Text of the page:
With a virtual desktop, everything that you see on your computer screen (the operating system) is actually located on a server rather than on your computer's local drive.
An article on BNews explains what virtual desktops are and how they are being used. Here are some things nonprofits should know about a virtual user interface:
You won't know the difference.
Seriously, if no one told you the OS was on an external server, rather than on your computer, you would not know.
Virtual OS systems are shared.
Rather than having one OS to a system, an OS can be distributed to multiple computers.
You can customize the experience.
User accounts are stored on the server with the OS, allowing individual employees to access their version of the virtual desktop.
Decrease hardware wear-n-tear.
A big problem for nonprofits is the cost of hardware. Did you know computers should be replaced approximately every 3 years? Desktop virtualization can keep a computer in better shape longer because the RAM and hard drive are not being used excessively to maintain the virtual desktop.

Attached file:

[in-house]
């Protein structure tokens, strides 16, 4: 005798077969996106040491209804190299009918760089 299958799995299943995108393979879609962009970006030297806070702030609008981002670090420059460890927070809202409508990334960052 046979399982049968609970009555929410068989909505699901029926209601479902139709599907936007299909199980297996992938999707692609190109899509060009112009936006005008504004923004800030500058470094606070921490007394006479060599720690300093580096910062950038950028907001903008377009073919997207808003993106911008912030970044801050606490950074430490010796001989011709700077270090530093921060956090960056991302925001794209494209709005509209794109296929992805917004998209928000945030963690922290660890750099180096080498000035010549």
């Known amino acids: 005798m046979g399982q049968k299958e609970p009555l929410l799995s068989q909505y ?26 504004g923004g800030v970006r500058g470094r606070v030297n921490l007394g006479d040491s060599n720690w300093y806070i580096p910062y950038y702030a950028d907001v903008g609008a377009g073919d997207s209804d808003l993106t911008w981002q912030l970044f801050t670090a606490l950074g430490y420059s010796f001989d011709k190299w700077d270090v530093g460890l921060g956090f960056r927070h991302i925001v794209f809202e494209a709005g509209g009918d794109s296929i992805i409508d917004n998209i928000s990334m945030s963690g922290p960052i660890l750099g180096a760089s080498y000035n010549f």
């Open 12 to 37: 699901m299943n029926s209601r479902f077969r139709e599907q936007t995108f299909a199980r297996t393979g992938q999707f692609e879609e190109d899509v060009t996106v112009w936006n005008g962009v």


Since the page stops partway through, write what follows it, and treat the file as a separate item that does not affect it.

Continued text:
Hardware costs will not only drop, but nonprofits can see decreases in costs from electricity, maintenance, and licensing.
Access from outside the office.
If your nonprofit allows you to access the servers via the cloud or a virtual private network (VPN), staff are able to access their virtual desktop when they are away from the office.
When you accidentally spill your coffee on your computer or drop your work laptop, you risk losing all the data on the hard drive. If the desktop is stored on an external server, the individual hardware units are not as big of a concern.